Tariq Ramadan has termed this approach, which aims to facilitate the integration of Muslim societies with the modern world, as “adaptive reform.” He himself, however, thinks that such reform will not be enough. Instead, he argues for “transformational reform,” which will challenge the sources of Islamic laws and norms as they are accepted today. He wants to rid the religion of centuries of ossification and bring Islam in tune with its original rational and spiritual values. And he wants scientists and social scientists to be a part and parcel of this process. Other scholars have argued, along similar lines, for a radical relook at Islamic literature, for downgrading the value that is typically accorded to Hadees in deriving laws and norms, and even for marking out portions of the Quran that they think are no longer relevant.
Both adaptive and transformative reform, in so far as they aim to reproduce European reformation in the Muslim world, miss the forest for the trees. That is because European reformation did not take off with the modern values of human rights, democracy and scientific temperament in mind. These values emerged later as the social and psychological consequences of a deeper change in the meaning of religion itself for Europeans.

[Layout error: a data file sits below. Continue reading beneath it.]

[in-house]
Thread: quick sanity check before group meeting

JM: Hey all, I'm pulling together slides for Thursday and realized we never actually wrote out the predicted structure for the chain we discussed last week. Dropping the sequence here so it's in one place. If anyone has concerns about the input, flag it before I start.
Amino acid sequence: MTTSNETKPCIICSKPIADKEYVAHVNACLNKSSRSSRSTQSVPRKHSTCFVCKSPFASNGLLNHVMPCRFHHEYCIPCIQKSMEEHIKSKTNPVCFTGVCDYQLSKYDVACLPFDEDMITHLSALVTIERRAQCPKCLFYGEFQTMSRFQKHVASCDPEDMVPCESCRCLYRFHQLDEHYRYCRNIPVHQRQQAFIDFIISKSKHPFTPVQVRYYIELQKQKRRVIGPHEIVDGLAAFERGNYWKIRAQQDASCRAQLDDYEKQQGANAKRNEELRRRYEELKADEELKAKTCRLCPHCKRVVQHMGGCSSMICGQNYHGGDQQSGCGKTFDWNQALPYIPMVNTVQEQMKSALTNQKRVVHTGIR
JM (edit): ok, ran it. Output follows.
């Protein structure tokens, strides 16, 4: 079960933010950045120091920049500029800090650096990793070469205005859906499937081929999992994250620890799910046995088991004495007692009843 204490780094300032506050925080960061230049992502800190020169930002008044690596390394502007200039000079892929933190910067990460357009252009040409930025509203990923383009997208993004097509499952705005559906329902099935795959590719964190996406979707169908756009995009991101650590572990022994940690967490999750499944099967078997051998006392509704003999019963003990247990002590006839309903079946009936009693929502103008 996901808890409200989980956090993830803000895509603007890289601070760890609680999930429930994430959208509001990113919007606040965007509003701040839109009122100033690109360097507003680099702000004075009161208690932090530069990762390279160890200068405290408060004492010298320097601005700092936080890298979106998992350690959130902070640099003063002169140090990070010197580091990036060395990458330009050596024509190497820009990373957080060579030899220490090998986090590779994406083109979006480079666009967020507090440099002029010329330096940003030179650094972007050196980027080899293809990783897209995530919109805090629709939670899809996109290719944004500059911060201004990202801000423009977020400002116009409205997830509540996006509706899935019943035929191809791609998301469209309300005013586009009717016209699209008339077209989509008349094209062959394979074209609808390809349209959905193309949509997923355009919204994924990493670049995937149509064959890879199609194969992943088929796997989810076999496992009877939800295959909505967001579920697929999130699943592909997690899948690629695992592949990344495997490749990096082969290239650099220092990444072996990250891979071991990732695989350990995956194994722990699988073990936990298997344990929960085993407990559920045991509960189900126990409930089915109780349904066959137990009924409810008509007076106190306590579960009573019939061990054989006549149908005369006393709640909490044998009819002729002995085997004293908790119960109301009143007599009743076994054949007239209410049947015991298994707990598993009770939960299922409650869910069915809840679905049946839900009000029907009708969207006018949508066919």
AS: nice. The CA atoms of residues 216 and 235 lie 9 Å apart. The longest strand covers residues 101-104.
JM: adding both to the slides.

The religious implication of reformation in Europe was the dawn of the secular age. Secularism is often taken to mean ungodliness or even anti-godliness. Post-reformation, science is supposed to have replaced religion in European society. But this received wisdom is incorrect. Never mind the common folk, virtually every major European philosopher and scientist, from Galileo to Einstein, also believed in God.
What Secularism Means
Secularism, as philosopher of religion Charles Taylor has persuasively argued in ‘A Secular Age,’ did not mean the death of God. Rather, it meant a change in how people began to understand God and other religious concepts. God, from being an “out there” entity that lorded over Earth and the rest of the Universe, became an “in here” presence―residing inside human beings. Heaven and Hell, from being places that souls would go to after death, became the joys and sorrows that people experienced in everyday life. Divinity was no longer transcendental, it instead became immanent in the physical sphere of existence.
This profound spiritual transformation had very mechanical roots. The invention of the printing press led to a dramatic upsurge in literacy as well as the mass printing of the Bible. Soon, virtually every household had a Bible that its denizens could read. Indeed, people started keeping personal copies of the Bible. This gradually altered religion from being a social to a personal phenomenon, undermining the power and status of the church. When people had and could read the Bible on their own, they began to develop personal relationships with God and individualised views of religion. In other words, God came to reside within them.